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About Retinopathy Prematurity

What is Retinopathy Prematurity?

Retinopathy Prematurity (ROP) is an eye condition occurring in premature infants, where abnormal blood vessels grow in the retina, potentially resulting in blindness.


How to know if your baby has ROP

ROP typically shows symptoms too late. Parents might only notice signs of blindness when the baby is older than 6-8 months. Therefore, if your kid has had a premature delivery and/or has low birth weight, screening is very important.

Subnormal vision

Eyes don’t follow objects

Crossed eyes

Severe myopia (Nearsightedness)

Leukocoria (White reflex in the pupil)

Risk Factors

Risk Factors that can lead to ROP

  • Premature birth
  • Low birth weight
  • Prolonged need for oxygen
  • Infections
  • Blood transfusions
  • Twin pregnancy

Treatments Available

Here’s how our experts it

ROP is treated depending on the severity of the stages:

  • Stages 1 and 2 are potentially harmless.
  • Stage 3 typically requires treatment.
  • Stages 4 and 5 are the most severe.

After understanding the stage and severity, the treatments include:

Retina Services

The retina is the light-sensitive layer of tissue at the back of your eyeball. At Vasan, we employ advanced techniques to diagnose diseases that affect your retina.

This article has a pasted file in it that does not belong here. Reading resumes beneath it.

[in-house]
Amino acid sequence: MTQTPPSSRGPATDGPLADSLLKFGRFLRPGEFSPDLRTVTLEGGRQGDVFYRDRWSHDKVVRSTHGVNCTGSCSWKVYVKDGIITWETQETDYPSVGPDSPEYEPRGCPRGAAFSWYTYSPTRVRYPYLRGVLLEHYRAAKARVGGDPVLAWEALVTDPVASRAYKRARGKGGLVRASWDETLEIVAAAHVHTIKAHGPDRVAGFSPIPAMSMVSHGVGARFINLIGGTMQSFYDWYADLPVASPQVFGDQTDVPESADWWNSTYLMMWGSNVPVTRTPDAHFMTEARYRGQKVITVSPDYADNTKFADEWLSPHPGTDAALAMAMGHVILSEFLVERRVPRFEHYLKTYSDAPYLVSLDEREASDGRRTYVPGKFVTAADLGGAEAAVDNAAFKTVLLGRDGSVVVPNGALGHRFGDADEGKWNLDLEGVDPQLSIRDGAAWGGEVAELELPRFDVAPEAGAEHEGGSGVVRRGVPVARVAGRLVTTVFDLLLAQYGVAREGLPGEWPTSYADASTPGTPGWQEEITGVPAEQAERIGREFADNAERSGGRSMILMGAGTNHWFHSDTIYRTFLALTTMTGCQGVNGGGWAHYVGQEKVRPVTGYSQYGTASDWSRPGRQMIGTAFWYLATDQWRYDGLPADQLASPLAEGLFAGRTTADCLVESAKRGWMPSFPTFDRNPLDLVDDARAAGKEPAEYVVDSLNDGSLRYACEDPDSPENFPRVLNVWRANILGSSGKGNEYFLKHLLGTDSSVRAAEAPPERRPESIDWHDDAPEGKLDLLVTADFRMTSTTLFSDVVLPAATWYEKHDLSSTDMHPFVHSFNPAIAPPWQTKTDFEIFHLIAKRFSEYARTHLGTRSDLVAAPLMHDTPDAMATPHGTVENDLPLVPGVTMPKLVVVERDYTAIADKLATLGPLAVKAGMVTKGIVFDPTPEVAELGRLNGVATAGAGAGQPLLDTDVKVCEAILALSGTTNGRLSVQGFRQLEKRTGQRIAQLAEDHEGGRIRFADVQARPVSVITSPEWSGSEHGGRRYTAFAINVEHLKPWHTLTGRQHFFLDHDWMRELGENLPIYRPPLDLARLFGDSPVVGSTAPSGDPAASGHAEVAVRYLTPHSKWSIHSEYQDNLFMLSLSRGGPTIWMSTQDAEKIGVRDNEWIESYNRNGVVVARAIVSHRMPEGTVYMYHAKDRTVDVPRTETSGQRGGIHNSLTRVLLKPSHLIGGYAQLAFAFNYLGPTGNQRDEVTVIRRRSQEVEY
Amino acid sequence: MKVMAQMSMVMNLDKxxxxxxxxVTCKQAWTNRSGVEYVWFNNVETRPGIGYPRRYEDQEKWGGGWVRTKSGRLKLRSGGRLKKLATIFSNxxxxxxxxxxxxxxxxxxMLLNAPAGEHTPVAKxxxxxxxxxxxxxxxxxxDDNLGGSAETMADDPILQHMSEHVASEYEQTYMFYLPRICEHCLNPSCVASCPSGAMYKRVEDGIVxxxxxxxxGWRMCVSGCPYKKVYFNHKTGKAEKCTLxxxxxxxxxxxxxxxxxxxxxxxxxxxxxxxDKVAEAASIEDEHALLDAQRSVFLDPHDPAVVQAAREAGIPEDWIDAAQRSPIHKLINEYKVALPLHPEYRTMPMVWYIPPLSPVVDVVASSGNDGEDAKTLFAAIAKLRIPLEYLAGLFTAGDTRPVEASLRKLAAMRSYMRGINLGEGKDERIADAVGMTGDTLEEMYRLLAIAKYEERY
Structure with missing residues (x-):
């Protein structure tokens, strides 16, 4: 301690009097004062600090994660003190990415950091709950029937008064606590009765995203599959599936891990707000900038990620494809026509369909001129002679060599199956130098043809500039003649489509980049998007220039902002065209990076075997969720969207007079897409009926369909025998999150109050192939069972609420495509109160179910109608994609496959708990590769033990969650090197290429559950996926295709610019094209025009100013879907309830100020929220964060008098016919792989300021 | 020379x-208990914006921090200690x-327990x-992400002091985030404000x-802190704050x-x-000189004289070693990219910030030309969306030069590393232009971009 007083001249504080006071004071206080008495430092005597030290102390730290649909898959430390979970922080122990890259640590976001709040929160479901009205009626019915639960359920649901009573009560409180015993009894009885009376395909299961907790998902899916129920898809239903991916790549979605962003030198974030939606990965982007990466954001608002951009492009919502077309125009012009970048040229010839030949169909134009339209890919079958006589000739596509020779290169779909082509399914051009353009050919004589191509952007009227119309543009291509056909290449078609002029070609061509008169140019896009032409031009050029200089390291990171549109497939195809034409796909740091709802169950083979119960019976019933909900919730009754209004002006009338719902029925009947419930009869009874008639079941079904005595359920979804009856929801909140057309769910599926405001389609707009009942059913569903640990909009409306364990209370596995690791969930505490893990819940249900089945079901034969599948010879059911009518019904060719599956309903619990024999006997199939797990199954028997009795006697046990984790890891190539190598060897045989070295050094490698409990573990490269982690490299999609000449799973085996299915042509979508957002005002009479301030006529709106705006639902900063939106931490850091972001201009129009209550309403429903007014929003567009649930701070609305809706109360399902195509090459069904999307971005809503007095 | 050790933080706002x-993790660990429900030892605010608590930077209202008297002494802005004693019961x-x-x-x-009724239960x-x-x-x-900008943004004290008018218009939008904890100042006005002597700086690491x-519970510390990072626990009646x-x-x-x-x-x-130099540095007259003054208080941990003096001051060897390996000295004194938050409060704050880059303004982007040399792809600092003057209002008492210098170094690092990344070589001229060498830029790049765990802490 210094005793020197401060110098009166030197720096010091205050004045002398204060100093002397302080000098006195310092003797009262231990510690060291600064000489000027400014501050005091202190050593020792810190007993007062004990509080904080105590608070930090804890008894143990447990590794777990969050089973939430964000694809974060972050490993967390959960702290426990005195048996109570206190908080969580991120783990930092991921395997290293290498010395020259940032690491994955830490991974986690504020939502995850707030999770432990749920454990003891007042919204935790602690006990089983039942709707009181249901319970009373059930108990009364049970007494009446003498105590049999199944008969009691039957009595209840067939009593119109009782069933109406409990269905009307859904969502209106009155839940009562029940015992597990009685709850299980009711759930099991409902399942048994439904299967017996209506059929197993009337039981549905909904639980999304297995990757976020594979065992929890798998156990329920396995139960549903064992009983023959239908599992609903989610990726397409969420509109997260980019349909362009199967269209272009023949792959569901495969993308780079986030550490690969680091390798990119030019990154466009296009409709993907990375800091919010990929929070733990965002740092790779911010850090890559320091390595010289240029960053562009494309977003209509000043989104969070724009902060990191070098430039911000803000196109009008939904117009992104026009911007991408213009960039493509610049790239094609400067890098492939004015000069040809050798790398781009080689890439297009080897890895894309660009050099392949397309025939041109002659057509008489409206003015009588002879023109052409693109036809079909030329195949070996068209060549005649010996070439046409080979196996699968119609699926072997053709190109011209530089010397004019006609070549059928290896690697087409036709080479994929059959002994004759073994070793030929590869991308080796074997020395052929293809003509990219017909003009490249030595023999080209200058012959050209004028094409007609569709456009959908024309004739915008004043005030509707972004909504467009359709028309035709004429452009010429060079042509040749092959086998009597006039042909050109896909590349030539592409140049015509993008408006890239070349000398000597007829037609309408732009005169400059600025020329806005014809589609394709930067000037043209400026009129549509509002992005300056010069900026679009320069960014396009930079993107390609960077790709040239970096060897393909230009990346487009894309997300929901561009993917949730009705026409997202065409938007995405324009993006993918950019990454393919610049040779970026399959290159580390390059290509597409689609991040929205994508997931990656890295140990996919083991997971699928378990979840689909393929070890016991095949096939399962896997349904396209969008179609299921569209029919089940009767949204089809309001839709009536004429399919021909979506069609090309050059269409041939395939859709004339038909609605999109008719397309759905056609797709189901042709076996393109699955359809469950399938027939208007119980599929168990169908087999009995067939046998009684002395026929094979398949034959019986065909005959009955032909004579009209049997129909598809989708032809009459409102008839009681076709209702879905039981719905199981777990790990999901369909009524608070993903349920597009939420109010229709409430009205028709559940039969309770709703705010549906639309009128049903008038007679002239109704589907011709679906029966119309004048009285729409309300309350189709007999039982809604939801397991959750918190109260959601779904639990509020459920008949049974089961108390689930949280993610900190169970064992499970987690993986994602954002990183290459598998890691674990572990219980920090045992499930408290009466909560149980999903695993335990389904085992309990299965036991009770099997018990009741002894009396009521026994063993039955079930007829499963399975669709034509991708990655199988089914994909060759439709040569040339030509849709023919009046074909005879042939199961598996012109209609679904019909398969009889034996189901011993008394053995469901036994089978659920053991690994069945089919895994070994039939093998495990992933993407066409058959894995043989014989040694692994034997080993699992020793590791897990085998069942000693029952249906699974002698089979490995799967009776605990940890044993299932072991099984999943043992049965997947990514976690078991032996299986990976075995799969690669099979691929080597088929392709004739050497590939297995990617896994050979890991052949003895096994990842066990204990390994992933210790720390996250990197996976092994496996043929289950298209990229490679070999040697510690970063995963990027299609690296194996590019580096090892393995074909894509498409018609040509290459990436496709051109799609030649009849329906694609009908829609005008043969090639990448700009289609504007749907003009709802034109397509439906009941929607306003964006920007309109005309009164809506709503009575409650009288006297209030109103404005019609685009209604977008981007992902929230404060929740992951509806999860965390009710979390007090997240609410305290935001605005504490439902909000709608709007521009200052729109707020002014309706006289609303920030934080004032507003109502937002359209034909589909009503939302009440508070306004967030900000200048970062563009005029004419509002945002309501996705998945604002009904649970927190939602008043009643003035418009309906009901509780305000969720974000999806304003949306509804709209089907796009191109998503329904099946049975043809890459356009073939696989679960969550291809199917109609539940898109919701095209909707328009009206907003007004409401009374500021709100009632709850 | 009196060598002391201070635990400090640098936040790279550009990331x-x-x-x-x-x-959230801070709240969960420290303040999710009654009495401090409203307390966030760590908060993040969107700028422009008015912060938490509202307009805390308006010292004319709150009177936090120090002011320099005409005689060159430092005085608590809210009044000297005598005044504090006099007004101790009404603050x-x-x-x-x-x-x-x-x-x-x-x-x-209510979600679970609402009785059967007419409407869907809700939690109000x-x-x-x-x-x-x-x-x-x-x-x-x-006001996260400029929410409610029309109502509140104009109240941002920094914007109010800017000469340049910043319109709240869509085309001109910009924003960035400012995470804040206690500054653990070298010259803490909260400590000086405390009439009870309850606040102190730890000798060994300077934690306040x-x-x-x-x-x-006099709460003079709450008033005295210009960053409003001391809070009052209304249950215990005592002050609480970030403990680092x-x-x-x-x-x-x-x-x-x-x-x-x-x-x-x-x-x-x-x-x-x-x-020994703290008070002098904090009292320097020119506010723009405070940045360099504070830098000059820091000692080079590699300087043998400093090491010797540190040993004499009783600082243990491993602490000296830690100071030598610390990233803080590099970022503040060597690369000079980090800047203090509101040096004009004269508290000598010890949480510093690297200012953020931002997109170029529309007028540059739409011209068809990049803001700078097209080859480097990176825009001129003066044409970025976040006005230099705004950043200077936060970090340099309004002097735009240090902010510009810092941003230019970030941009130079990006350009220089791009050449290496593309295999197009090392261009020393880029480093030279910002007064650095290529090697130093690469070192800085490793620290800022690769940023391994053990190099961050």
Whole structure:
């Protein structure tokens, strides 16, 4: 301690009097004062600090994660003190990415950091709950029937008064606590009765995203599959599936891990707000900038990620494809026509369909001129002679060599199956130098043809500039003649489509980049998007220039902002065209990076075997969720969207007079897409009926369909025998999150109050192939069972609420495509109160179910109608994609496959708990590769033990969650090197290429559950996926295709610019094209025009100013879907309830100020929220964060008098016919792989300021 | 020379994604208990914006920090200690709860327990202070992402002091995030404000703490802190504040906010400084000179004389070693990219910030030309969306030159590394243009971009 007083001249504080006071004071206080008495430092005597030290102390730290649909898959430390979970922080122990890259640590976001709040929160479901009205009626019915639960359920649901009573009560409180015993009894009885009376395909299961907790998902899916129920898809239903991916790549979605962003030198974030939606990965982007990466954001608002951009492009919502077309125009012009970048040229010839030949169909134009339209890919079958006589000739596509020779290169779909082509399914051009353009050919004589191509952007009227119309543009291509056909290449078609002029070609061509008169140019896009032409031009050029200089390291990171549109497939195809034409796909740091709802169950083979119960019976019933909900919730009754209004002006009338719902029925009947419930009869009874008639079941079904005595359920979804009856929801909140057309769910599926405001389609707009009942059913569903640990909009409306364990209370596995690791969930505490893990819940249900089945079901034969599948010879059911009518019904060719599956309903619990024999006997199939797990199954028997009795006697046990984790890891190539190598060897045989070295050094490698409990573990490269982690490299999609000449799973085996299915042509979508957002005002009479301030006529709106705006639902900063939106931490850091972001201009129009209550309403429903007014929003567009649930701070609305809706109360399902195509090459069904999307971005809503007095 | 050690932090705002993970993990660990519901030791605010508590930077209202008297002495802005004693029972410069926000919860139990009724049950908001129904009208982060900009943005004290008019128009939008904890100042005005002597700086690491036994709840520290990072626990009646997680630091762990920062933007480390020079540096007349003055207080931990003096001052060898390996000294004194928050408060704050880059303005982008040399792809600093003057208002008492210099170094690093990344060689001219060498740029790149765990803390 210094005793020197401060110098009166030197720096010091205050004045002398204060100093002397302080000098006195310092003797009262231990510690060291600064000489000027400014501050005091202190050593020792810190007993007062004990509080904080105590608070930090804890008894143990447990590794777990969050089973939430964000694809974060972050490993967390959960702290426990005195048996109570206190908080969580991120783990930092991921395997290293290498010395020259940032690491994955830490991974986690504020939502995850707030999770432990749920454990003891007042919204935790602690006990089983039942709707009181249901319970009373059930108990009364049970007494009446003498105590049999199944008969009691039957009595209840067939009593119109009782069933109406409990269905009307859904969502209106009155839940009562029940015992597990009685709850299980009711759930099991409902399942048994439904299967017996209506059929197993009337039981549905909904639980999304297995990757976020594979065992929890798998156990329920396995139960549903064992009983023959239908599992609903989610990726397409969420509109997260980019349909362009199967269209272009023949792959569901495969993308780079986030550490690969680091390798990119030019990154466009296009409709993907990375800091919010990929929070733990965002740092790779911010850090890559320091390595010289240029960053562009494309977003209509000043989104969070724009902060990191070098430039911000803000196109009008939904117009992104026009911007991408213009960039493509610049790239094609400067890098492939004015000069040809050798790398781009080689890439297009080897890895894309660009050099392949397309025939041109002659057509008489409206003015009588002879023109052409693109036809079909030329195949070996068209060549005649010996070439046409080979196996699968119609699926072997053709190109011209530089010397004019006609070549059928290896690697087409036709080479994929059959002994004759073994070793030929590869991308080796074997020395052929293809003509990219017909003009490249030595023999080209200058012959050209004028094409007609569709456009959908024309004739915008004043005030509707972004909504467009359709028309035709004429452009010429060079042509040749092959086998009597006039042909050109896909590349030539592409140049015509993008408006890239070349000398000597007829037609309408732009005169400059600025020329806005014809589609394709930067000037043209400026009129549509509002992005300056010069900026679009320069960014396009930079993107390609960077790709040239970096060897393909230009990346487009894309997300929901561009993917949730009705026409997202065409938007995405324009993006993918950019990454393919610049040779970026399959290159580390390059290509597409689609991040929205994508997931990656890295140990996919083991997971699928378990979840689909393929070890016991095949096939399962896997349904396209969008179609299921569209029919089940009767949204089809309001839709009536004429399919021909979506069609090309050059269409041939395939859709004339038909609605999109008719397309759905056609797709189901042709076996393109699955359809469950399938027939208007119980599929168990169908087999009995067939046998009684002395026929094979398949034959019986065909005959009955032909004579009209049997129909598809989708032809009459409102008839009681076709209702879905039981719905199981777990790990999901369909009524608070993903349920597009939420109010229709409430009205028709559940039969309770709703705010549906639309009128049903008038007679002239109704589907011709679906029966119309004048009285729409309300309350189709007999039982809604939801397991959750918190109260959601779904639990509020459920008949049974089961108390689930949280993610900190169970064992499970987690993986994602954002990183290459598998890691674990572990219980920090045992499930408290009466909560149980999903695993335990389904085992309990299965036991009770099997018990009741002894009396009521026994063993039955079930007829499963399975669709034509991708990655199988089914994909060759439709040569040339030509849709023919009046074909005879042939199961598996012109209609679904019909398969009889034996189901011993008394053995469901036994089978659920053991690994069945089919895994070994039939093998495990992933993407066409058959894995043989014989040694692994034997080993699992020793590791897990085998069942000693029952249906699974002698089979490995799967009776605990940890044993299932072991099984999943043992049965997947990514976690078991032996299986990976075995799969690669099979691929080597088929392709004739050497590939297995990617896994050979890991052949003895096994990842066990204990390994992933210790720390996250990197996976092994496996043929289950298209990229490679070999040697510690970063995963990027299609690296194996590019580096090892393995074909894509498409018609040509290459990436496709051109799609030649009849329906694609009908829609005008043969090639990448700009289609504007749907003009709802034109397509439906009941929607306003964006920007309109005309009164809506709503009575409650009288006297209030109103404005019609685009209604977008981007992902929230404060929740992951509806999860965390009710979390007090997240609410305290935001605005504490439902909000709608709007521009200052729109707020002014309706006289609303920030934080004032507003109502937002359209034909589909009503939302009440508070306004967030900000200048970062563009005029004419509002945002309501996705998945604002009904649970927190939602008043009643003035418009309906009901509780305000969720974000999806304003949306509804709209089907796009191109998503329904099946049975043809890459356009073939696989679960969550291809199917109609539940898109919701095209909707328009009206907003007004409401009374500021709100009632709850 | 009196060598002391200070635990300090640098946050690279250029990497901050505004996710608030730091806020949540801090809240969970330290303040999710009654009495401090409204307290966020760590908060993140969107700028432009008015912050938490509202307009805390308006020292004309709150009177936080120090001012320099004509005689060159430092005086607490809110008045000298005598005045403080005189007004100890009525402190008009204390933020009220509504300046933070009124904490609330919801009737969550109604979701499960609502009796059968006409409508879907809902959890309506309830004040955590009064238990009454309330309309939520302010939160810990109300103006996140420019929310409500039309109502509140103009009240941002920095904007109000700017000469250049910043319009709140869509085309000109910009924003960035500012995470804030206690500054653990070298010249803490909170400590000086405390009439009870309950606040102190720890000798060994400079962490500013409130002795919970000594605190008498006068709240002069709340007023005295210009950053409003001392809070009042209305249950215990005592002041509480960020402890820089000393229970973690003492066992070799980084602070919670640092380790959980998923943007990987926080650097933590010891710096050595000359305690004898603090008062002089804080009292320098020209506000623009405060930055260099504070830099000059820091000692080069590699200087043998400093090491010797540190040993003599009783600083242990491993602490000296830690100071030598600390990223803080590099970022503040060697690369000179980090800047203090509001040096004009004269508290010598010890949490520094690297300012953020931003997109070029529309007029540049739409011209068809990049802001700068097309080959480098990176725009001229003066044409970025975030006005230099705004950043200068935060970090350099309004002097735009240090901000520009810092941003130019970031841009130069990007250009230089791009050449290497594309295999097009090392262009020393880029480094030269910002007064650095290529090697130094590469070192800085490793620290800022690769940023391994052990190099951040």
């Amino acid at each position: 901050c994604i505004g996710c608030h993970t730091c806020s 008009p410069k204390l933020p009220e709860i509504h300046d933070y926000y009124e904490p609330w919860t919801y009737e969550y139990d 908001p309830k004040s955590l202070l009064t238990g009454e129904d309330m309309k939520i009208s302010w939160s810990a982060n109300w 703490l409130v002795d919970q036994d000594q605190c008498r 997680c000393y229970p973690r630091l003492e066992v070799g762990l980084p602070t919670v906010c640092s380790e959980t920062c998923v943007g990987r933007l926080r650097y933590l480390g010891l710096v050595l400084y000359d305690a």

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Eye Surgery

For babies with partially or completely detached retinas (stages 4 or 5), usually surgery is recommended

Vitrectomy with/without lensectomy
Creating a small opening in the eye wall to remove most of the vitreous and replace it with saline solution. During the surgery laser is done to the abnormal avascular retina. The surgery may be combined with the removal of the crystalline lens.


ROP is an eye condition affecting premature babies, causing abnormal blood vessel growth in the retina and potentially leading to blindness.

While prematurity is a primary risk factor, other factors including too much exposure to oxygen, infections, and poor weight gain after birth also contribute to the risk.

The stages of ROP progress from mild to severe and include:

  • Stage I
    • Mild abnormal blood vessel growth, often improving without treatment.
  • Stage II
    • Moderate abnormal blood vessel growth may also improve without treatment.
  • Stage III
    • Severe abnormal blood vessel growth toward the centre of the eye, sometimes requiring treatment, especially with ‘plus disease’ indicating progression.
  • Stage IV
    • Partially detached retina due to abnormal vessel pulling.
  • Stage V
    • Complete retinal detachment, leading to severe visual impairment or blindness without prompt treatment.

Yes, ROP can lead to other eye issues such as retinal detachment, myopia, strabismus, amblyopia, and glaucoma. Fortunately, all of these can often be treated, if diagnosed in time.

Treatment for ROP can lower the risk of vision loss, but unfortunately, some infants may not respond to treatment, and retinal scarring or detachment may still happen, typically affecting only part of the retina.

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Other Diseases

Know more about other Eye Diseases

Diabetic Retinopathy

Diabetic Retinopathy happens when high blood sugar levels damage the retinal blood vessels. In the early stages of Diabetic Retinopathy, symptoms may not be noticeable.

Retinal Detachment

Retinal Detachment occurs when the retina separates from its supporting tissue, leading to severe vision loss and blindness.

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